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2 definitions found
 for Broad acres
From The Collaborative International Dictionary of English v.0.48 :

  Acre \A"cre\, n. [OE. aker, AS. [ae]cer; akin to OS. accar, OHG.
     achar, Ger. acker, Icel. akr, Sw. [*a]ker, Dan. ager, Goth.
     akrs, L. ager, Gr. ?, Skr. ajra. [root]2, 206.]
     1. Any field of arable or pasture land. [Obs.]
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     2. A piece of land, containing 160 square rods, or 4,840
        square yards, or 43,560 square feet. This is the English
        statute acre. That of the United States is the same. The
        Scotch acre was about 1.26 of the English, and the Irish
        1.62 of the English.
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     Note: The acre was limited to its present definite quantity
           by statutes of Edward I., Edward III., and Henry VIII.
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     Broad acres, many acres, much landed estate. [Rhetorical]
     God's acre, God's field; the churchyard.
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              I like that ancient Saxon phrase, which calls
              The burial ground, God's acre.        --Longfellow.
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From The Collaborative International Dictionary of English v.0.48 :

  Broad \Broad\ (br[add]d), a. [Compar. Broader
     (br[add]d"[~e]r); superl. Broadest.] [OE. brod, brad, AS.
     br[=a]d; akin to OS. br[=e]d, D. breed, G. breit, Icel.
     brei[eth]r, Sw. & Dan. bred, Goth. braids. Cf. Breadth.]
     1. Wide; extend in breadth, or from side to side; -- opposed
        to narrow; as, a broad street, a broad table; an inch
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     2. Extending far and wide; extensive; vast; as, the broad
        expanse of ocean.
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     3. Extended, in the sense of diffused; open; clear; full.
        "Broad and open day." --Bp. Porteus.
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     4. Fig.: Having a large measure of any thing or quality; not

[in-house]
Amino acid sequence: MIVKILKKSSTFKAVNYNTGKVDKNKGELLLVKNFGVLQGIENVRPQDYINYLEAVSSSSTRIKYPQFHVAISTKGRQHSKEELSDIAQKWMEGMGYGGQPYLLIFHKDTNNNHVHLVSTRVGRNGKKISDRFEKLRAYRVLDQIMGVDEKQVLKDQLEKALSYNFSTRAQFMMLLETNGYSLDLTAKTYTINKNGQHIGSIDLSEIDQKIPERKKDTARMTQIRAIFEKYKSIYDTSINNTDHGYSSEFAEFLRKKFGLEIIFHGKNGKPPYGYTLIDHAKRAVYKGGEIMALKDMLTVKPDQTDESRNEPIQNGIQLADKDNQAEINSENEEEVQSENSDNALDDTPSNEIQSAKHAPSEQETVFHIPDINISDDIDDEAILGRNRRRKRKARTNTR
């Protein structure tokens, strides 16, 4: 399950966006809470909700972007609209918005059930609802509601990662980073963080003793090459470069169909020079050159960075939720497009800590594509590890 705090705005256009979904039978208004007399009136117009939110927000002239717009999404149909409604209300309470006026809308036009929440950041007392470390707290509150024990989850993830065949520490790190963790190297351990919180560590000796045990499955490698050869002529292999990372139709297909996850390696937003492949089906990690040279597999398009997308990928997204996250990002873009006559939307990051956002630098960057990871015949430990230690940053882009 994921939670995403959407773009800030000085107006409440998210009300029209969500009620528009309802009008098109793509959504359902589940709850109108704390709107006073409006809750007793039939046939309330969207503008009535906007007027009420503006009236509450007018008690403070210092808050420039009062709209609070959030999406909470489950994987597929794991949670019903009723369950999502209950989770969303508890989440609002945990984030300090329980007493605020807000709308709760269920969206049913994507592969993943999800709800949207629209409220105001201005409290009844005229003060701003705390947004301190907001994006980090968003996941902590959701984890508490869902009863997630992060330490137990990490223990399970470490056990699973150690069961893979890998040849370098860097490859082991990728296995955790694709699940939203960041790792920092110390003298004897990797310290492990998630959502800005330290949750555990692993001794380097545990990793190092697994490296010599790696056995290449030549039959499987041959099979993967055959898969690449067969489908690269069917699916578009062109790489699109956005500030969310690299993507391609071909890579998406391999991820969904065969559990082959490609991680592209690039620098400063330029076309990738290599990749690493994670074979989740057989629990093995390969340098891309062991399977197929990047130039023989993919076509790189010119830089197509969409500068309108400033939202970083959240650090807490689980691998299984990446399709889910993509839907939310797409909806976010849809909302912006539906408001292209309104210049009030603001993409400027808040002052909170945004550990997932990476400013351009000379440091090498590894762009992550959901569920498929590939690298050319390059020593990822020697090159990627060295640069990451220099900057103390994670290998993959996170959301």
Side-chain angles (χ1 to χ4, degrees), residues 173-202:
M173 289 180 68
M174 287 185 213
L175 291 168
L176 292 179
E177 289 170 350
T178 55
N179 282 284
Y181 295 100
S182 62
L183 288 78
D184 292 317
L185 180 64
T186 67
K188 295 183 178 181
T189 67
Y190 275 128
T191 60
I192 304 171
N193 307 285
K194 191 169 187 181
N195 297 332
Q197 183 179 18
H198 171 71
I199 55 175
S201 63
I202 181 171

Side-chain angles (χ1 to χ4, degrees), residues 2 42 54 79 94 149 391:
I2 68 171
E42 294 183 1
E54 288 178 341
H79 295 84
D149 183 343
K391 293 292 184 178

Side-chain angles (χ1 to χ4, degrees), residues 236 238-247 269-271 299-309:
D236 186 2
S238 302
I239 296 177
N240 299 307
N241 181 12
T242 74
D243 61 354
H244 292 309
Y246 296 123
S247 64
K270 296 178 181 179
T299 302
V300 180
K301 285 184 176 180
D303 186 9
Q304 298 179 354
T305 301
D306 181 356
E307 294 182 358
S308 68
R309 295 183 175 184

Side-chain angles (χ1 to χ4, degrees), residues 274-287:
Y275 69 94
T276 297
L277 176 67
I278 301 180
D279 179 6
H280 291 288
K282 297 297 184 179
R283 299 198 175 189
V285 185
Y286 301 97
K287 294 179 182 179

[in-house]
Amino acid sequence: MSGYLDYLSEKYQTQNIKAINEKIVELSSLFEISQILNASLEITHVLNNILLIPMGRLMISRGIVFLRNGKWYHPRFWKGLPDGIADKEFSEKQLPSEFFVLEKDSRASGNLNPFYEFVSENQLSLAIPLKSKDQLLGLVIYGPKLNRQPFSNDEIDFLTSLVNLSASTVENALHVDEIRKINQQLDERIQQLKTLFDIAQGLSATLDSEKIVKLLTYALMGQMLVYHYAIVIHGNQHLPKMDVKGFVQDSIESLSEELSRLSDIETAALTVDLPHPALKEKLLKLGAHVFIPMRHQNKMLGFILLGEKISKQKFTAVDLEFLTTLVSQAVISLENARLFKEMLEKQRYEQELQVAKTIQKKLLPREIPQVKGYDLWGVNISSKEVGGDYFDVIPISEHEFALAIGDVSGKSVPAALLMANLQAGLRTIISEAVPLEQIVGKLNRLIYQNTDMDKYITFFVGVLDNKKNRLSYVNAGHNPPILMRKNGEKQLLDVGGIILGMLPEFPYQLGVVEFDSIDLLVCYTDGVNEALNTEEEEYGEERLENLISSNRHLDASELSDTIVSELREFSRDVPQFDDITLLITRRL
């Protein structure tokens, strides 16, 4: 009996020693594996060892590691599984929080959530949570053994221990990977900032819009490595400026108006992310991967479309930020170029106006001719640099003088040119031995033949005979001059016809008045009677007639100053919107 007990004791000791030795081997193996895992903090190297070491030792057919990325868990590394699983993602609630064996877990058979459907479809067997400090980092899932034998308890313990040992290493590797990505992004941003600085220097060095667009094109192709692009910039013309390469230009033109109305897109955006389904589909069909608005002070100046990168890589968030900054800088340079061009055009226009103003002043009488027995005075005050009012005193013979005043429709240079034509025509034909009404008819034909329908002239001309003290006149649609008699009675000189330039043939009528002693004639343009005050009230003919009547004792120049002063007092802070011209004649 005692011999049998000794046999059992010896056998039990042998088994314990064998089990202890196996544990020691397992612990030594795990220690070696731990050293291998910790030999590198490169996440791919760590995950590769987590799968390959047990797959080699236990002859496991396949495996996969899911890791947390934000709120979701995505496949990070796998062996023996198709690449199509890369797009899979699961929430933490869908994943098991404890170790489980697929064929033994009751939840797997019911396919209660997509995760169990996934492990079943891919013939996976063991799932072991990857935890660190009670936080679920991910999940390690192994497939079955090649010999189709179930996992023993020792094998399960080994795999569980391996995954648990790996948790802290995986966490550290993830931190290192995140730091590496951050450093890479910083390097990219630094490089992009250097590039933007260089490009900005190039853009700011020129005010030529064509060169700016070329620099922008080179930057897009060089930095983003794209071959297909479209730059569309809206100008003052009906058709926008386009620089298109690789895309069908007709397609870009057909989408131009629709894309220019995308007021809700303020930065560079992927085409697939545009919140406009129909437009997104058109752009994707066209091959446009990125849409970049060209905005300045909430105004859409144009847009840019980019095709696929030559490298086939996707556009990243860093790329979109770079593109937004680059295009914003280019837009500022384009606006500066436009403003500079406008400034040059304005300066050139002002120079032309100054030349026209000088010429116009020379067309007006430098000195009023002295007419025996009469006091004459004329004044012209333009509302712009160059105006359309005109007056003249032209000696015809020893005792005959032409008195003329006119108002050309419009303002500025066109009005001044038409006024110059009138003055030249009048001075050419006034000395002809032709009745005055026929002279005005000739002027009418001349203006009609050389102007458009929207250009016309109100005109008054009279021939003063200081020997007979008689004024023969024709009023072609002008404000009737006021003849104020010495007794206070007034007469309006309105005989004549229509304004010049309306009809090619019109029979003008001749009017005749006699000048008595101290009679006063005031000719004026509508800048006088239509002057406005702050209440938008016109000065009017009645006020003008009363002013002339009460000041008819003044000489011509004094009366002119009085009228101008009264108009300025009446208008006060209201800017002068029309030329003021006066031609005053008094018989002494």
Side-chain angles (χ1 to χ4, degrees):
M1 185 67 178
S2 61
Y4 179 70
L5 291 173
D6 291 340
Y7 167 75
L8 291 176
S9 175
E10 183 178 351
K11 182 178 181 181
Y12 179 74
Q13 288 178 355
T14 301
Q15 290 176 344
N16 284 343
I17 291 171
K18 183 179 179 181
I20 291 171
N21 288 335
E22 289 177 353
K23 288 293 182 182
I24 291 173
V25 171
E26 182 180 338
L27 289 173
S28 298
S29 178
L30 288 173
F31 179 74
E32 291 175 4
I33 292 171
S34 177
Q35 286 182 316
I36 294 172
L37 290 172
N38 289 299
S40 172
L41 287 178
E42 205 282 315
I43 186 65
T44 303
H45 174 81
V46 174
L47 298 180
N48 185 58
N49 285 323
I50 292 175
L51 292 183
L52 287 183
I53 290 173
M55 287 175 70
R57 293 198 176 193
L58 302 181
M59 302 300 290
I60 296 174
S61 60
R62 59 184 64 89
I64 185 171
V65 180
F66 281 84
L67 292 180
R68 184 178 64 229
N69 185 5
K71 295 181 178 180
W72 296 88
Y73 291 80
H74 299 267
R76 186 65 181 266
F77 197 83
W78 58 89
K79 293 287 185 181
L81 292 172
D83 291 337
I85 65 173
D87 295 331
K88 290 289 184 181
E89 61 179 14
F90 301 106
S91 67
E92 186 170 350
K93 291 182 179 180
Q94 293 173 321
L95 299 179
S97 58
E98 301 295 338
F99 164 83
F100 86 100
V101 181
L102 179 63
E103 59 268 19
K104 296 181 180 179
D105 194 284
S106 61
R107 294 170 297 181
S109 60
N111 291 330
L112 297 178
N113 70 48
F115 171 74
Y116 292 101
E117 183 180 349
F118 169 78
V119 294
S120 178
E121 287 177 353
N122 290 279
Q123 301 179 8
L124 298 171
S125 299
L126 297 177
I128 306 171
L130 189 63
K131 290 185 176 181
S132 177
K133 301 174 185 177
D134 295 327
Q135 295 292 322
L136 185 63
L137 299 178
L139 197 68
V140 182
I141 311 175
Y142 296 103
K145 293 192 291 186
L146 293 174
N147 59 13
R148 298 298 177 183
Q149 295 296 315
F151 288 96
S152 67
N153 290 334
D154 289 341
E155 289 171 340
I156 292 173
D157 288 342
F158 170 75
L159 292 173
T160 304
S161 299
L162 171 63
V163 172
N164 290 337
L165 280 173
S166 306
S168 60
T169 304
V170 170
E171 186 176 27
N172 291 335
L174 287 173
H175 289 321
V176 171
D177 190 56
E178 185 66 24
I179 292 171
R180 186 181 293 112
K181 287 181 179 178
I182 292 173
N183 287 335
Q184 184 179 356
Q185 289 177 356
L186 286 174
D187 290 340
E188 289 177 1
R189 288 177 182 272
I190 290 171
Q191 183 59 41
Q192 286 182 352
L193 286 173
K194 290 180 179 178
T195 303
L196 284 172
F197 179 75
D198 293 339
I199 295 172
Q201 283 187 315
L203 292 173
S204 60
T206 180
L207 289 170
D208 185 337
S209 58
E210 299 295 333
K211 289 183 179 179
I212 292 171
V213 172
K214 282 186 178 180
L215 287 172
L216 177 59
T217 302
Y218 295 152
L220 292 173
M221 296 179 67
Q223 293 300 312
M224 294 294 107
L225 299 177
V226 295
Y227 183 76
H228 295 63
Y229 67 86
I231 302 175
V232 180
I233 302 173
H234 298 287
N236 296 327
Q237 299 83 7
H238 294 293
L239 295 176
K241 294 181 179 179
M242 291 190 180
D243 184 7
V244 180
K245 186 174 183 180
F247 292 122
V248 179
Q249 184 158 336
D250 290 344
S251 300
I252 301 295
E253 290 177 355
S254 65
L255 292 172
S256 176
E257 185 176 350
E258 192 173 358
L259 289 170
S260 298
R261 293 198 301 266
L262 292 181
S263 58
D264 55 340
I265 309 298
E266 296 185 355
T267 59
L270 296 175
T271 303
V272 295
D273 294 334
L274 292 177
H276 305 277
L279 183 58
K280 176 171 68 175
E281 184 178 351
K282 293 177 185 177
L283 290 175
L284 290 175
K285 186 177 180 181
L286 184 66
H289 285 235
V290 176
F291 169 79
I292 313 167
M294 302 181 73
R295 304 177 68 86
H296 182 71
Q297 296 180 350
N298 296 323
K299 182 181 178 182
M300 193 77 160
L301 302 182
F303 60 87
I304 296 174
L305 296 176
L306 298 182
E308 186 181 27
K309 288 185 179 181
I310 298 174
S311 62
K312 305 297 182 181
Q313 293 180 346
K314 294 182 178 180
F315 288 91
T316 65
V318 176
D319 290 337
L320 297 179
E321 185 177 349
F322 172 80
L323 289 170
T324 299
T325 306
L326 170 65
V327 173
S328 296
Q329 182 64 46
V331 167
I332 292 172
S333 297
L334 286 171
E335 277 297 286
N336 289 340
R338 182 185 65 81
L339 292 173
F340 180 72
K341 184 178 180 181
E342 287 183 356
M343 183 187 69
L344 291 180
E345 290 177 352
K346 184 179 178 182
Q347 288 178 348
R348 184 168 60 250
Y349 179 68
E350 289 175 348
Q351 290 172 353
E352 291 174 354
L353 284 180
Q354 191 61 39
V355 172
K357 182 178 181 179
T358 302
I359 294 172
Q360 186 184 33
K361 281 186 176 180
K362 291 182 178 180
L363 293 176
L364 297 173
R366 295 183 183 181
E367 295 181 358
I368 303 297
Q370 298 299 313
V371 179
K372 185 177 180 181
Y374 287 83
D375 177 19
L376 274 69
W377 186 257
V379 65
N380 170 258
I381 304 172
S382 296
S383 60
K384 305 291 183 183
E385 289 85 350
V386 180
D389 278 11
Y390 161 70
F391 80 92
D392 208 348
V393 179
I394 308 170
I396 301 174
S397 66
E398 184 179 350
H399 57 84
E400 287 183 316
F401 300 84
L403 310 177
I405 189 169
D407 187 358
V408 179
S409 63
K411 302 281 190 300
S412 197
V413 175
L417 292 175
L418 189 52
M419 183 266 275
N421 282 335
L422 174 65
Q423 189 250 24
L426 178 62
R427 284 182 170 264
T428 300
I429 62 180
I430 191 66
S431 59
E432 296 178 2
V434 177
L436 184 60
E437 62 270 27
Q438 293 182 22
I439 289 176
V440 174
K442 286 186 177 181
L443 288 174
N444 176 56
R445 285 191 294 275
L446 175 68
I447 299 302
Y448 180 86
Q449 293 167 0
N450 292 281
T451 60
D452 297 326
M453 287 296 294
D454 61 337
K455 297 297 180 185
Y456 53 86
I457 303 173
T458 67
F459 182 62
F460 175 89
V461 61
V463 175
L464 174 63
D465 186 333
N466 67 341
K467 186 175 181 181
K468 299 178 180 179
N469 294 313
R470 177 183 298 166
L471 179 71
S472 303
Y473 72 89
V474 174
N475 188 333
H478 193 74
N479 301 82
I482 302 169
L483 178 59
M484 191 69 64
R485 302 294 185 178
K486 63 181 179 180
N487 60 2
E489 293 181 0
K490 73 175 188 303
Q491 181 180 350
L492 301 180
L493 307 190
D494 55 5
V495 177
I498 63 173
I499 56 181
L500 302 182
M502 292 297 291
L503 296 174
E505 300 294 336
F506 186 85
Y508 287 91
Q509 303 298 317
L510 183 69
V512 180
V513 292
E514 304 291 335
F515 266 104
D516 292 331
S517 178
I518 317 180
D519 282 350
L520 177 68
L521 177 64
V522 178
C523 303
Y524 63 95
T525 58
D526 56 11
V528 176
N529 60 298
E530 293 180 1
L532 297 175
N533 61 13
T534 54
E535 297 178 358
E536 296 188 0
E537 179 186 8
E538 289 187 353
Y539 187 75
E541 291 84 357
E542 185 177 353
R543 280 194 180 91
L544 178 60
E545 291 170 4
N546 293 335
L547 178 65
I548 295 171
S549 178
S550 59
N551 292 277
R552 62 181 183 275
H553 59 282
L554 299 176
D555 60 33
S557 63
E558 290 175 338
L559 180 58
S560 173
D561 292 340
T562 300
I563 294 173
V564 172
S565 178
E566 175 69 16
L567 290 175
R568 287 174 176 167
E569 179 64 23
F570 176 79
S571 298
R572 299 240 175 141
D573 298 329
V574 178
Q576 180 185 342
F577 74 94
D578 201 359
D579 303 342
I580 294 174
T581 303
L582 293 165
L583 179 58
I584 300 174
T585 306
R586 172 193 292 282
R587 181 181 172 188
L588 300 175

limited; not restrained; -- applied to any subject, and
        retaining the literal idea more or less clearly, the
        precise meaning depending largely on the substantive.
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              A broad mixture of falsehood.         --Locke.
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     Note: Hence: 
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     5. Comprehensive; liberal; enlarged.
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              The words in the Constitution are broad enough to
              include the case.                     --D. Daggett.
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              In a broad, statesmanlike, and masterly way. --E.
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     6. Plain; evident; as, a broad hint.
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     7. Free; unrestrained; unconfined.
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              As broad and general as the casing air. --Shak.
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     8. (Fine Arts) Characterized by breadth. See Breadth.
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     9. Cross; coarse; indelicate; as, a broad compliment; a broad
        joke; broad humor.
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     10. Strongly marked; as, a broad Scotch accent.
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     Note: Broad is often used in compounds to signify wide,
           large, etc.; as, broad-chested, broad-shouldered,
           broad-spreading, broad-winged.
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     Broad acres. See under Acre.
     Broad arrow, originally a pheon. See Pheon, and Broad
        arrow under Arrow.
     As broad as long, having the length equal to the breadth;
        hence, the same one way as another; coming to the same
        result by different ways or processes.
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              It is as broad as long, whether they rise to others,
              or bring others down to them.         --L'Estrange.
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     Broad pennant. See under Pennant.
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     Syn: Wide; large; ample; expanded; spacious; roomy;
          extensive; vast; comprehensive; liberal.
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